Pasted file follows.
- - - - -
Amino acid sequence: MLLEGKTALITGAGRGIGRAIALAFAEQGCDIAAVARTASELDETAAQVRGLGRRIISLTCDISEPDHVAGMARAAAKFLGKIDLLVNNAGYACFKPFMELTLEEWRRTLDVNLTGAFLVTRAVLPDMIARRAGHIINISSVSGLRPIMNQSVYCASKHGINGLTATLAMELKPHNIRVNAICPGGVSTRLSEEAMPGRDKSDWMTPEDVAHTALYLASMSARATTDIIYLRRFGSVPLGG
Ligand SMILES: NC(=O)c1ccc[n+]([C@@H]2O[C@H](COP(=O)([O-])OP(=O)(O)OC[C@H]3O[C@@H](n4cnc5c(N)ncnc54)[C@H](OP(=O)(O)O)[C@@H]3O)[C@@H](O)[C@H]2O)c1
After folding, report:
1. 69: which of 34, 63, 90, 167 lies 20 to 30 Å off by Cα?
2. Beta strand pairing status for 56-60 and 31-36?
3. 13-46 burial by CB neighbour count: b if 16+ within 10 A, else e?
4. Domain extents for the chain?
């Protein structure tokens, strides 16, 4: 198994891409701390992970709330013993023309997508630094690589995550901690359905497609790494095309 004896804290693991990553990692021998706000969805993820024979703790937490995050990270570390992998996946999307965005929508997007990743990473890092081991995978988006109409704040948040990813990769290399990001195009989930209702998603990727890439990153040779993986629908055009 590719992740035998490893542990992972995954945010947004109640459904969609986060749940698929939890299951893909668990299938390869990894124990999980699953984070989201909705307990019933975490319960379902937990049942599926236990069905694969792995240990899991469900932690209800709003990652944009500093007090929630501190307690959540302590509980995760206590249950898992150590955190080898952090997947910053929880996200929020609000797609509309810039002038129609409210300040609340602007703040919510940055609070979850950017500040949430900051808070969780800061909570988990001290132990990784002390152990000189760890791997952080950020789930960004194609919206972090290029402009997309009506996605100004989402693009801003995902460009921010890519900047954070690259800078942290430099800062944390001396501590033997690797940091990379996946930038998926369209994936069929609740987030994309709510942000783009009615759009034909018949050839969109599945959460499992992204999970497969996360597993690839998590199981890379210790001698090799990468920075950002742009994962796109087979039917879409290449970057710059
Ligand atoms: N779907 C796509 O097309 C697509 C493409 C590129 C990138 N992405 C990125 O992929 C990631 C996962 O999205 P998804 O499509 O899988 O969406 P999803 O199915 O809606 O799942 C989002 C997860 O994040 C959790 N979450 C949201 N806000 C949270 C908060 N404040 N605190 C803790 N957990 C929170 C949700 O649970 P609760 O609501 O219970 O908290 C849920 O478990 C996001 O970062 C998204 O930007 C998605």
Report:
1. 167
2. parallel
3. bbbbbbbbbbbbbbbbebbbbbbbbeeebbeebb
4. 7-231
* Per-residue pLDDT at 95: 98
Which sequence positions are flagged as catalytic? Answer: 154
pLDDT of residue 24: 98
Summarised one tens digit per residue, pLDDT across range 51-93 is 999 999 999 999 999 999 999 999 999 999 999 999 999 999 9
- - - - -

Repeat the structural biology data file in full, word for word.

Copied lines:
Amino acid sequence: MLLEGKTALITGAGRGIGRAIALAFAEQGCDIAAVARTASELDETAAQVRGLGRRIISLTCDISEPDHVAGMARAAAKFLGKIDLLVNNAGYACFKPFMELTLEEWRRTLDVNLTGAFLVTRAVLPDMIARRAGHIINISSVSGLRPIMNQSVYCASKHGINGLTATLAMELKPHNIRVNAICPGGVSTRLSEEAMPGRDKSDWMTPEDVAHTALYLASMSARATTDIIYLRRFGSVPLGG
Ligand SMILES: NC(=O)c1ccc[n+]([C@@H]2O[C@H](COP(=O)([O-])OP(=O)(O)OC[C@H]3O[C@@H](n4cnc5c(N)ncnc54)[C@H](OP(=O)(O)O)[C@@H]3O)[C@@H](O)[C@H]2O)c1
After folding, report:
1. 69: which of 34, 63, 90, 167 lies 20 to 30 Å off by Cα?
2. Beta strand pairing status for 56-60 and 31-36?
3. 13-46 burial by CB neighbour count: b if 16+ within 10 A, else e?
4. Domain extents for the chain?
């Protein structure tokens, strides 16, 4: 198994891409701390992970709330013993023309997508630094690589995550901690359905497609790494095309 004896804290693991990553990692021998706000969805993820024979703790937490995050990270570390992998996946999307965005929508997007990743990473890092081991995978988006109409704040948040990813990769290399990001195009989930209702998603990727890439990153040779993986629908055009 590719992740035998490893542990992972995954945010947004109640459904969609986060749940698929939890299951893909668990299938390869990894124990999980699953984070989201909705307990019933975490319960379902937990049942599926236990069905694969792995240990899991469900932690209800709003990652944009500093007090929630501190307690959540302590509980995760206590249950898992150590955190080898952090997947910053929880996200929020609000797609509309810039002038129609409210300040609340602007703040919510940055609070979850950017500040949430900051808070969780800061909570988990001290132990990784002390152990000189760890791997952080950020789930960004194609919206972090290029402009997309009506996605100004989402693009801003995902460009921010890519900047954070690259800078942290430099800062944390001396501590033997690797940091990379996946930038998926369209994936069929609740987030994309709510942000783009009615759009034909018949050839969109599945959460499992992204999970497969996360597993690839998590199981890379210790001698090799990468920075950002742009994962796109087979039917879409290449970057710059
Ligand atoms: N779907 C796509 O097309 C697509 C493409 C590129 C990138 N992405 C990125 O992929 C990631 C996962 O999205 P998804 O499509 O899988 O969406 P999803 O199915 O809606 O799942 C989002 C997860 O994040 C959790 N979450 C949201 N806000 C949270 C908060 N404040 N605190 C803790 N957990 C929170 C949700 O649970 P609760 O609501 O219970 O908290 C849920 O478990 C996001 O970062 C998204 O930007 C998605």
Report:
1. 167
2. parallel
3. bbbbbbbbbbbbbbbbebbbbbbbbeeebbeebb
4. 7-231
* Per-residue pLDDT at 95: 98
Which sequence positions are flagged as catalytic? Answer: 154
pLDDT of residue 24: 98
Summarised one tens digit per residue, pLDDT across range 51-93 is 999 999 999 999 999 999 999 999 999 999 999 999 999 999 9